Wednesday, June 4, 2014

Cabo, THE PARADISE! & A General Observation of Mexico & USA

It's crazy to think I've only been in Cabo for 2 weeks because I feel like a TOTAL LOCAL. Since childhood, I've been able to adapt to new areas and orient myself very well practically by instinct. I give much credit to my parents too for always treating me like an adult, never excluding me from things, places, or people because of my age. That exposure along with the confidence building via encouraging me to do things on my own has led to a self sufficiency that I'm very proud of. One example is of my first day in school in the US. I only knew Spanish and I was 3 or 4 yrs old, in Montessori. So I made up my own "language" and the other kids somehow understood me! Eventually that morphed into pretty good English;)

The few weeks between deciding I was going to move here and when I actually flew over, were spent reading everything I could get my hands on regarding Cabo, and talking to everyone I knew that either vacations here frequently or lives/has lived here. Logically, when my family came down to help me with the move, I already had a list of things to do, people to see, and an understanding of the area stretching from San Jose to Cabo San Lucas that truly puzzled some locals.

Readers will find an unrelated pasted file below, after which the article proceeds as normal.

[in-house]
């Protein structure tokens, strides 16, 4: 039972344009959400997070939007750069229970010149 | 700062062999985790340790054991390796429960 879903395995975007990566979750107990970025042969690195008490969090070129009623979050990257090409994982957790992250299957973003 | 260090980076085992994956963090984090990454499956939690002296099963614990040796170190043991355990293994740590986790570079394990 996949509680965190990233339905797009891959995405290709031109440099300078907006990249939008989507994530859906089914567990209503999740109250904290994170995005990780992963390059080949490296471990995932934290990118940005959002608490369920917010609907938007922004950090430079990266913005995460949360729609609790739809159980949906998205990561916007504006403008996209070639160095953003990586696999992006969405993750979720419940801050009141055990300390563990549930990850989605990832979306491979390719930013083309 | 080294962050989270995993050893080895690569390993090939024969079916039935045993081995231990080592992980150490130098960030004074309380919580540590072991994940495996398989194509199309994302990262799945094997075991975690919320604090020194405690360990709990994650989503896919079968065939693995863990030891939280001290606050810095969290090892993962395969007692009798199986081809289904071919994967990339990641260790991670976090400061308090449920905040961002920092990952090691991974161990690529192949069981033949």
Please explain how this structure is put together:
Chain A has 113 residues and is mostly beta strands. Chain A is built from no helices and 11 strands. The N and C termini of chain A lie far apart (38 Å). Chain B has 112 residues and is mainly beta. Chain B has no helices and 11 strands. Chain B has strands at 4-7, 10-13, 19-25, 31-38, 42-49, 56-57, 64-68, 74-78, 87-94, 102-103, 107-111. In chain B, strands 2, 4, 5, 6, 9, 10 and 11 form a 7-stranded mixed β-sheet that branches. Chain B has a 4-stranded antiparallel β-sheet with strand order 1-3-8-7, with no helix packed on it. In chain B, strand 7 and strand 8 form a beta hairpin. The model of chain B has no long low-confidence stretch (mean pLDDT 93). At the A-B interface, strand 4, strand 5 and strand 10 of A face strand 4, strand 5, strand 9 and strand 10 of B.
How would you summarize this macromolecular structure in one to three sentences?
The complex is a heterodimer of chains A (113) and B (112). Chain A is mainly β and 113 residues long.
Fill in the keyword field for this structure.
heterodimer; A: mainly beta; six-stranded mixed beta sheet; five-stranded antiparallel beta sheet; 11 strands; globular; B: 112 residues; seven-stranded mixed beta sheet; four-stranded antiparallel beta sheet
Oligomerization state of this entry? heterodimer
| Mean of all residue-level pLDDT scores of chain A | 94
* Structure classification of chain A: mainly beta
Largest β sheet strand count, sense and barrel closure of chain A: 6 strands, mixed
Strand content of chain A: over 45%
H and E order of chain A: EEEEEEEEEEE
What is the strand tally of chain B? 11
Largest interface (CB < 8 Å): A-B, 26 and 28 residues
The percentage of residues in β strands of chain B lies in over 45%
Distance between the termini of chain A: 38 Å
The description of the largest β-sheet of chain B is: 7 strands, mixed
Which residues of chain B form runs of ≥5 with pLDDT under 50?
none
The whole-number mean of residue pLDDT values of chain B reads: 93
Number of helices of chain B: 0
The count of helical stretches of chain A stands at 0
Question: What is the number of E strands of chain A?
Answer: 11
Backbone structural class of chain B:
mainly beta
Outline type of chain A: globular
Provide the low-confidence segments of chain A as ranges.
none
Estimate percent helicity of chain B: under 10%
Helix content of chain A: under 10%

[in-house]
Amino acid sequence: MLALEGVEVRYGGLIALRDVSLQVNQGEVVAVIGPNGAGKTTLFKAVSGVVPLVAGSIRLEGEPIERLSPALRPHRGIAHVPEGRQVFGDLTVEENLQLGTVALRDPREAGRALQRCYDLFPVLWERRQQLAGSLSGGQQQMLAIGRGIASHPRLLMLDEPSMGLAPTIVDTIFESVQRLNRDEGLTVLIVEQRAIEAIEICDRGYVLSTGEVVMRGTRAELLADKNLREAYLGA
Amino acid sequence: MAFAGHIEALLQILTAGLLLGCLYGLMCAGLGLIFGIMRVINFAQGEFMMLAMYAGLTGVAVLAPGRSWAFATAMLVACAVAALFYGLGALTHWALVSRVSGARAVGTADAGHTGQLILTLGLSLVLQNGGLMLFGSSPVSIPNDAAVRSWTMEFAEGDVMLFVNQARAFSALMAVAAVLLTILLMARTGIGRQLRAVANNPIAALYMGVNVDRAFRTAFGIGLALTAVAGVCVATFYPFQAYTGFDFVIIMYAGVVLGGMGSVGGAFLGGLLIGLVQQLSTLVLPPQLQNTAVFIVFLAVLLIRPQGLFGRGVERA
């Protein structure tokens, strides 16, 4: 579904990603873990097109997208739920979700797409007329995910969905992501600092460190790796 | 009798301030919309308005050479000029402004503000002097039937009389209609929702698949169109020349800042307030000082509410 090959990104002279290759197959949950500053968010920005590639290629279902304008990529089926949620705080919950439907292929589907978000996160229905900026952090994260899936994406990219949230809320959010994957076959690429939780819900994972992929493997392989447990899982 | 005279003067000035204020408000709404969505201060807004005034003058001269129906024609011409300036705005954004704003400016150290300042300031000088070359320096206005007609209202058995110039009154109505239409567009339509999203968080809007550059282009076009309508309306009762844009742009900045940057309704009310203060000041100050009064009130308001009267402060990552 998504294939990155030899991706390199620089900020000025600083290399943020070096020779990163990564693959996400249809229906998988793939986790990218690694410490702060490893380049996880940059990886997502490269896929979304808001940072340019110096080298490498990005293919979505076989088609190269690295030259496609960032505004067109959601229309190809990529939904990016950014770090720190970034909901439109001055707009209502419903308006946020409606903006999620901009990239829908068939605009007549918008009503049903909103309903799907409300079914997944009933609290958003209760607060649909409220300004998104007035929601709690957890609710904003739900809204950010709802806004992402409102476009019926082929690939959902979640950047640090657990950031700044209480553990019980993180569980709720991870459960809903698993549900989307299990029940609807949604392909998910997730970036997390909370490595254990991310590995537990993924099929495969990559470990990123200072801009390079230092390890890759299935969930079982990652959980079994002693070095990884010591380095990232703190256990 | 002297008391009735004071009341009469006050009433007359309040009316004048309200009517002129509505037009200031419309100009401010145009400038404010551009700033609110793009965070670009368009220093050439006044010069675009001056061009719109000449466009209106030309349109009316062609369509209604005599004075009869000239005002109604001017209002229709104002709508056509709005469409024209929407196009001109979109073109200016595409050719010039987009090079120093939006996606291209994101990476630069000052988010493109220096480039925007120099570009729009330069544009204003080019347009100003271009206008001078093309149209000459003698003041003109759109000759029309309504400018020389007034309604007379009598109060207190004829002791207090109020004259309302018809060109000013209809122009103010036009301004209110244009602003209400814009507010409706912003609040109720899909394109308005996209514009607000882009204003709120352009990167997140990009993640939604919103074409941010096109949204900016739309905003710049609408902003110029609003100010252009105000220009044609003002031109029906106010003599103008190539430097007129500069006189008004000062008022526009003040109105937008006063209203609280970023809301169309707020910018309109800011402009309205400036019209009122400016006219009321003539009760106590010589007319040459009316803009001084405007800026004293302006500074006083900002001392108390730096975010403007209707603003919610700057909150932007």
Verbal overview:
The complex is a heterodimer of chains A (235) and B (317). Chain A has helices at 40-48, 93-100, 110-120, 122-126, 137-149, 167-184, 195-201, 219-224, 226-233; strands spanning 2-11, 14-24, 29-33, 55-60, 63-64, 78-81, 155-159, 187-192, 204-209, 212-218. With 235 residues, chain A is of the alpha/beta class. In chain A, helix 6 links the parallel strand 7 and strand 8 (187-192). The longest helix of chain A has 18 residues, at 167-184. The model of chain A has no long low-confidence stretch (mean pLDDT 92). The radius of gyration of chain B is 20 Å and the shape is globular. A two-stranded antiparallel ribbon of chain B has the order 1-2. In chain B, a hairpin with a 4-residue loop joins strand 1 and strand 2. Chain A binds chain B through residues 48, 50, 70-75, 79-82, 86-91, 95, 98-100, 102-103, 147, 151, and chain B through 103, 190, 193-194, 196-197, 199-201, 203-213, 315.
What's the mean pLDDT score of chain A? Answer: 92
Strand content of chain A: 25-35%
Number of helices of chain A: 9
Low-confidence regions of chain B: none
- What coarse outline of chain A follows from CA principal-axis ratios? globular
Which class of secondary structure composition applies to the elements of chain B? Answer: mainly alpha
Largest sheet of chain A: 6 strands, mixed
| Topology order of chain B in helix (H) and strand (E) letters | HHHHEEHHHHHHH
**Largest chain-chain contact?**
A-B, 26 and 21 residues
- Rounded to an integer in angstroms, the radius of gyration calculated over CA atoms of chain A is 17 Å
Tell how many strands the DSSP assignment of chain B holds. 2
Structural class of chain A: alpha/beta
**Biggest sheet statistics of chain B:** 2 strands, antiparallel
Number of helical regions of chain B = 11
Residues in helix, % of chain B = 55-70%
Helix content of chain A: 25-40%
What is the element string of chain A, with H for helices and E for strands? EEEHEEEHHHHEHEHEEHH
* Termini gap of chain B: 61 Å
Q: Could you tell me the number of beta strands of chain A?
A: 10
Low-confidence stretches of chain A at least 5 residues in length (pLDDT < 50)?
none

I am elated to share the constantly growing knowledge of a place that I'm falling more and more in love with every day with absolutely everyone! It's fascinating talking to all the foreigners (Mexicans from elsewhere, included) that now call Cabo their home, and hearing nothing but joy in their hearts and feeling their contagious positive outlook on life, because this paradise breeds inner and outer wealth.

For blue collar Mexicans, Cabo is a land of opportunity. Fueled by tourism and back on a rocket ship of growth and development, there's the chance to make a living in a beautiful, clean, and safe environment. For wealthy Mexicans, it offers a beach retreat that isn't saturated with traffic or crime, nor overly Americanized in a distasteful way. Frankly, one of the things that stood out the most to me about Cabo compared to other vacation spots in Mexico is that, aside from the key spring break locations downtown, Cabo attracts classier people (both nationally and internationally) - and I'm not talking about rich or poor, but the real definition of class- behavior, education, and culture.

Americans and others from around the world, particularly love Cabo because of its unique location, near perfect climate (350+ days of summer sunshine with little to no humidity), famous fishing waters, large Marina, easily accessible international airport (you can fly anywhere in the world 7 days a week!), and dozens of outdoor activities (golf, tennis, cycling, stunning beaches for swimming, snorkeling, diving, paddling, zip lining, ATVing, dirt biking, cross fit, yoga....pick one!).

From all walks of life, and whatever their intention for vacationing or living in Cabo, people find enthusiasm and opportunity to live out their dreams. As both a Mexican and American, I relate to all of these views, and personally feel the energy and beauty of Cabo changing my life by the minute!